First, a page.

Lean Startup Machine Madrid


The weekend of 18-20 of October the Lean Startup Machine held a workshop here in Madrid. I had booked the ticket as a super early bird back in July, thanks to Pierre from guiripreneurs. Last week I was thinking of selling my ticket but then I thought what the heck, give it a try and get out of your comfort zone.

I had no preconception on what to expect neither did I went prepared enough. I am working for a start-up  and I'd heard before of Steve Blank and Eric Ries but other than that, tabula rasa.

Overall I found the experience totally worthy. A lot of interesting talks throughout the weekend and most importantly experience gained. The only thing that I found a bit frustrating it was that the workshop was in spanish and not in english.

Friday Night Pitch

On Friday night you get to make the pitch in fifty seconds which is a very short time when you are almost trembling. Nevertheless I decided to pitch. For me it was like riding a bicycle. If you lose your momentum you fall down. I barely managed through.

The idea I pitched for was simple: use energy consumption data in order to deduct personalized energy-saving recommendations for households. It's actually not such an original idea that came from discussions with a friend of mine that has done a lot of cool stuff about smart energy meters. What really got me is that the, yet unproven, software solutions are based on machine learning. Here is a cool looking one. Since I come from a scientific background I am naturally interested when someone tries to mix state-of-the-art science and business.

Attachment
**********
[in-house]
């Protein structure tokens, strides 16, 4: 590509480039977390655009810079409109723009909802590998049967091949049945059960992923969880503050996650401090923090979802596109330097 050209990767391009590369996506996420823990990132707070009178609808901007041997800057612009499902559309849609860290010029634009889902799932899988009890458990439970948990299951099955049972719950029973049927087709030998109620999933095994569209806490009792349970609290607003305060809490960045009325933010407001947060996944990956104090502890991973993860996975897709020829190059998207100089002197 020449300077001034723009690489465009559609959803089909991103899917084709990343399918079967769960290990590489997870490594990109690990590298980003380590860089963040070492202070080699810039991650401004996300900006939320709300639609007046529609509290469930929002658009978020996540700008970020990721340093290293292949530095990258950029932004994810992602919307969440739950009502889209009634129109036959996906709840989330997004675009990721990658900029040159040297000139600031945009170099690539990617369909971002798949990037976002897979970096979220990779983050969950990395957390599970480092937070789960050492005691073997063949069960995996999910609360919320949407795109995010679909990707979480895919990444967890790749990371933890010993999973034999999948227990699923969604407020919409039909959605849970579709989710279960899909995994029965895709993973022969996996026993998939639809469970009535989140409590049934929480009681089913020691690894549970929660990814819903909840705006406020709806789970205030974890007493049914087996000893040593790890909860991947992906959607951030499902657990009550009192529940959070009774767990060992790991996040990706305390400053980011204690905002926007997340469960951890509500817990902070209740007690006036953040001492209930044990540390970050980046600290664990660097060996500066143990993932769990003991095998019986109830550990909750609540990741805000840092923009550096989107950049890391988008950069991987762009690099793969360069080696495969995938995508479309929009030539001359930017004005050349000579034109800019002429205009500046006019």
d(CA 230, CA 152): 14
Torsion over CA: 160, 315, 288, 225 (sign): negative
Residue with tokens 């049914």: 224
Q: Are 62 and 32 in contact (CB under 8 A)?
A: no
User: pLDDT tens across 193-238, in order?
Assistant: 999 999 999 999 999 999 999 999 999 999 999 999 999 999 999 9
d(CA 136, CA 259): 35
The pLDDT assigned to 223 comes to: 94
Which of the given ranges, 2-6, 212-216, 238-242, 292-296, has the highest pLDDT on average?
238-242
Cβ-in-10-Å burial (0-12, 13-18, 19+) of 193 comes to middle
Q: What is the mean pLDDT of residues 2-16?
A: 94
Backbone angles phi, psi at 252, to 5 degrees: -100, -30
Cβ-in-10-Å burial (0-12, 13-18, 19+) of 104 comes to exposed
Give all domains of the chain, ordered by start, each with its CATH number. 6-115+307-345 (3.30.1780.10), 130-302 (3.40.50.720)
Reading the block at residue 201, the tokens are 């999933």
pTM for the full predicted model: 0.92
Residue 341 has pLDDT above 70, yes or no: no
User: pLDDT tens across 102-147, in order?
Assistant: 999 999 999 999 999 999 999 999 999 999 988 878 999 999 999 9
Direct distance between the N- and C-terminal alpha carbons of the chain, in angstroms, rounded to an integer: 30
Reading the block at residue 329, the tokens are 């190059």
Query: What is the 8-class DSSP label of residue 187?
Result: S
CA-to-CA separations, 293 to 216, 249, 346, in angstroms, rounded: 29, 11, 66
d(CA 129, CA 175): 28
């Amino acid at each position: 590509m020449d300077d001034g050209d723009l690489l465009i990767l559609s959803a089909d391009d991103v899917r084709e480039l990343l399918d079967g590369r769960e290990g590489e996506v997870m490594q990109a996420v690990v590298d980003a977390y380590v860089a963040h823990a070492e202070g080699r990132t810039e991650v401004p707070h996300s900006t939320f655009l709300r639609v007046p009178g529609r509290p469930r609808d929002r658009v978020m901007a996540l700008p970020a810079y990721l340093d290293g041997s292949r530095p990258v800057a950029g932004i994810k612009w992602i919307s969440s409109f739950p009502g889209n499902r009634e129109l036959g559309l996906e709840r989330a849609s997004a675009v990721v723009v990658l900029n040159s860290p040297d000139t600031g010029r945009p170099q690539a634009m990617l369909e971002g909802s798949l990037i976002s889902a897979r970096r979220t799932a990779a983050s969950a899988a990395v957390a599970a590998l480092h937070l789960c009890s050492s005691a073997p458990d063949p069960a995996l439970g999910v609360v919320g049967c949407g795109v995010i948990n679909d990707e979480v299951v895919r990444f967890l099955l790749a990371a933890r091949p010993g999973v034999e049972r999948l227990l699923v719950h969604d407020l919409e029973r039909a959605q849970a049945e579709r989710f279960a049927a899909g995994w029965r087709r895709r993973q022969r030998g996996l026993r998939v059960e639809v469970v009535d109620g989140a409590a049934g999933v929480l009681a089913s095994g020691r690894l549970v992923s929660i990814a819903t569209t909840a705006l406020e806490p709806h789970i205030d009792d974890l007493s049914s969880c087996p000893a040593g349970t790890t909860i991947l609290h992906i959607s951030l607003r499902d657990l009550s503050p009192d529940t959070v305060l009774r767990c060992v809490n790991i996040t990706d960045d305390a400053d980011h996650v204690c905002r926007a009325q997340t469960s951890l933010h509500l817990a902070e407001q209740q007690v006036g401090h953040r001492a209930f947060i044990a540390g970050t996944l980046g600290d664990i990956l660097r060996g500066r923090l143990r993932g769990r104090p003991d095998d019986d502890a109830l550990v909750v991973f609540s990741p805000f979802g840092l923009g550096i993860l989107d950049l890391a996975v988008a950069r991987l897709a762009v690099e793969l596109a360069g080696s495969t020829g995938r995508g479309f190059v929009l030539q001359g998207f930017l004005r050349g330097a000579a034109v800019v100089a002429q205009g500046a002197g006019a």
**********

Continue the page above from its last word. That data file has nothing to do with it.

There were like thirty pitches and then the fifteen most popular ideas were voted. Mine was among the ones that made it, ranking first, to my great surprise.  So as the "team leader" I had to choose another five to work with me. More people were interested so I had to let some down.

Meet the team

At the moment I thought we were actually expected to build an MVP so I promptly opted for two young tech guys (Xavi and Jon) and a designer (Andres). . The other two members of the team were a project manager in an established company (Isabel) and an entrepreneur (Gustavo). It seemed just the right mix and after this is over I can say that everyone was surprisingly talented. One thing we were missing though, we had no idea what we were supposed to do. For me it was more like a hackathon. It isn't obviously. Each team member seemed to have their own preconceptions and were, likewise, kind of misled. We found out later it that the Lean Start-up Machine process has to do more with finding if your idea resonates with the customer base and not so much about it's execution or other things.

Our team. From left to right: Gustavo, Andres, me, Isabel, Jon and Xavi.

 

Vadlidation Board

After the teams were formed we were given a board with which we were supposed to work with. It is named Validation Board and supposedly helps team manage their ideas, take action and make informed decisions based on metrics. That's a nice Idea but a very platonic one since we weren't given any sufficient explanation on what the boxes really meant or with what we should fill them.